When a loop event has been found, a loop event counting loop 1118, comprising steps 1110, 1112, 1114 and decision 1116, is executed. Loop event counting loop 1118 begins by storing the event duration (that is, the execution time consumed by the event calculated in step 912 of FIG. 9) of the latter event in a temporary field. This event duration is obtained from the PECB for the latter event. Next, a counter of loop events is incremented in step 1112. This counter is preferably created and/or cleared after decision 1104 determined that a loop event had occurred. A new PECB pointer, named LOOPEVENT for purposes of this description, is then set to point to the next PECB on the PECB chain in step 1114. If the type of the PECB pointed to by LOOPEVENT is determined in decision 1116 to be the same as the type for the PECB pointed to by THISEVENT, then loop event counting loop 1118 recurs, starting again with step 1110. Loop event counting loop 1118 continues in this manner until the type of the PECB pointed to by LOOPEVENT is different than that of the PECB pointed to by THISEVENT, indicating that the loop found in the PECB chain has ended.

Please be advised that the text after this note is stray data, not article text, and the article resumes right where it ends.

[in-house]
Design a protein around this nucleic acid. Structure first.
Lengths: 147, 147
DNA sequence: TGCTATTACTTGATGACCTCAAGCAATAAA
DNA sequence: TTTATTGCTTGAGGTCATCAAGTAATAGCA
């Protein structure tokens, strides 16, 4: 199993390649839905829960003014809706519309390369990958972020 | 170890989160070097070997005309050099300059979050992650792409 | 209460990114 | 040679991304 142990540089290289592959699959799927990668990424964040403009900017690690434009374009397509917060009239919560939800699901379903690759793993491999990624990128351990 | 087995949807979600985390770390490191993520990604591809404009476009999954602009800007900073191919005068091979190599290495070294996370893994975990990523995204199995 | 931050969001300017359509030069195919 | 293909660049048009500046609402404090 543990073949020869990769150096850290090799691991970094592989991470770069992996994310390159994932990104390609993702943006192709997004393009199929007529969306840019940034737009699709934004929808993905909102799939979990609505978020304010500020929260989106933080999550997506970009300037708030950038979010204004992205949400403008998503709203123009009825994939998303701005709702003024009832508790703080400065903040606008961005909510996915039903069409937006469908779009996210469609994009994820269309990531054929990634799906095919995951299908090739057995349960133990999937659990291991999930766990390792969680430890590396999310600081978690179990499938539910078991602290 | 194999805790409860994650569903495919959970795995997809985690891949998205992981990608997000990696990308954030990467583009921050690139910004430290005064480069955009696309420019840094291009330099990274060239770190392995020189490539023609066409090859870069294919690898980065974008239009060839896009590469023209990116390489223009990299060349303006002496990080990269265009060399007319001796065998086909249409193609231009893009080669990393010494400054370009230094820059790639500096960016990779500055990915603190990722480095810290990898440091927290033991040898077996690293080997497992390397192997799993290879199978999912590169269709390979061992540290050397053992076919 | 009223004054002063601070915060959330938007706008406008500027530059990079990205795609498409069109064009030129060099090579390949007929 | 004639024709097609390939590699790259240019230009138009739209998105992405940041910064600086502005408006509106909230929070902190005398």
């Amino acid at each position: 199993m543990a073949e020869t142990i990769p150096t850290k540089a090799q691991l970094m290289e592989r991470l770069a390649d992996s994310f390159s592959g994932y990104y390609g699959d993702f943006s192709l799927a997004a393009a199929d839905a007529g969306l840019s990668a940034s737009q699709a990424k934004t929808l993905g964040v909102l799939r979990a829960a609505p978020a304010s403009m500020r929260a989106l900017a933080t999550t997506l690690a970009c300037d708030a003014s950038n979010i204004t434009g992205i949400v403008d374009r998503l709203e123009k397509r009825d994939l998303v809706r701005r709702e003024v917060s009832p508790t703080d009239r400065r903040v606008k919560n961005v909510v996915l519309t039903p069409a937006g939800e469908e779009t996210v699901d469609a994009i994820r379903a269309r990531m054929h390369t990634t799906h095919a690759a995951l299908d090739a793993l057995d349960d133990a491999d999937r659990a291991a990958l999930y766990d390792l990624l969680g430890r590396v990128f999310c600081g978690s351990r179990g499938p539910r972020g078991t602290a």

Once the end of the loop in the PECB chain has been found, the event duration in the PECB pointed to by THISEVENT is added to the temporary field and the loop counter is incremented as shown in steps 1120 and 1122, respectively. These steps account for the first event in the loop. The average event duration for each event in the loop is then calculated in step 1124 by dividing the time in the temporary field by the number of events indicated by the loop counter, and this average time, together with the number of events in the loop indicated by the loop counter, are stored in corresponding fields in the PECB pointed to by THISEVENT in step 1126.